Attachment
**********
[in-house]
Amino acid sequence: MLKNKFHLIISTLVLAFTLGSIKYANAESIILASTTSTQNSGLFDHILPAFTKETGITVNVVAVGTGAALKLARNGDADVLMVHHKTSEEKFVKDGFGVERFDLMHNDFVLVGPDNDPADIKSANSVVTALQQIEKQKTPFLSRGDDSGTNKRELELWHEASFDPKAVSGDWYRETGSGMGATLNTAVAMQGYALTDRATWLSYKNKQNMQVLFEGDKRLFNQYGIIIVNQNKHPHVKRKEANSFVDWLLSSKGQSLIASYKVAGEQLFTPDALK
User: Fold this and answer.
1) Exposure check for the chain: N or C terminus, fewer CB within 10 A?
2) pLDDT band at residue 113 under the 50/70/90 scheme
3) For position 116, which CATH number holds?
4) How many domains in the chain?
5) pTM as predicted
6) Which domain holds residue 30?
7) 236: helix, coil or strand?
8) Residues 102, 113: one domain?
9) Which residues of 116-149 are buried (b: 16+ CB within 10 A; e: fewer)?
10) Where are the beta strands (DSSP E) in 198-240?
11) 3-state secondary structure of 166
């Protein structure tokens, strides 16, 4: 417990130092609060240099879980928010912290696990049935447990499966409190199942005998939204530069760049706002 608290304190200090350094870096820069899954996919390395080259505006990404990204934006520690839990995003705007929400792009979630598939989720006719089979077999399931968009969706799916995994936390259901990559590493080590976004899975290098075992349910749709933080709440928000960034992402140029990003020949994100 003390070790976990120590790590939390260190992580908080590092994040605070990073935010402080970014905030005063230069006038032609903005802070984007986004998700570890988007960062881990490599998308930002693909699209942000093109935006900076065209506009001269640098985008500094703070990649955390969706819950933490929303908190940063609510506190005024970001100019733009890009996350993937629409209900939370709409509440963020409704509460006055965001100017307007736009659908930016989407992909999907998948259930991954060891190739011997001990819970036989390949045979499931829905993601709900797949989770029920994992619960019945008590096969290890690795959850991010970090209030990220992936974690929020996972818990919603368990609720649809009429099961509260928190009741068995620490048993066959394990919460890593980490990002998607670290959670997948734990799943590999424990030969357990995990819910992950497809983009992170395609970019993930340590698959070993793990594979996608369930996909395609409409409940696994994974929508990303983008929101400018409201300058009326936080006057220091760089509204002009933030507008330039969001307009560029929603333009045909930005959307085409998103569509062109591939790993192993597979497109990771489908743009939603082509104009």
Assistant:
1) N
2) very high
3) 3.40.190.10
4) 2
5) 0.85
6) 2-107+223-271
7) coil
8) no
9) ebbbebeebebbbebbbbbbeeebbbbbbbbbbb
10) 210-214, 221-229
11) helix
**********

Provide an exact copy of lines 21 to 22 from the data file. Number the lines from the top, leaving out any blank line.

5) 0.85
6) 2-107+223-271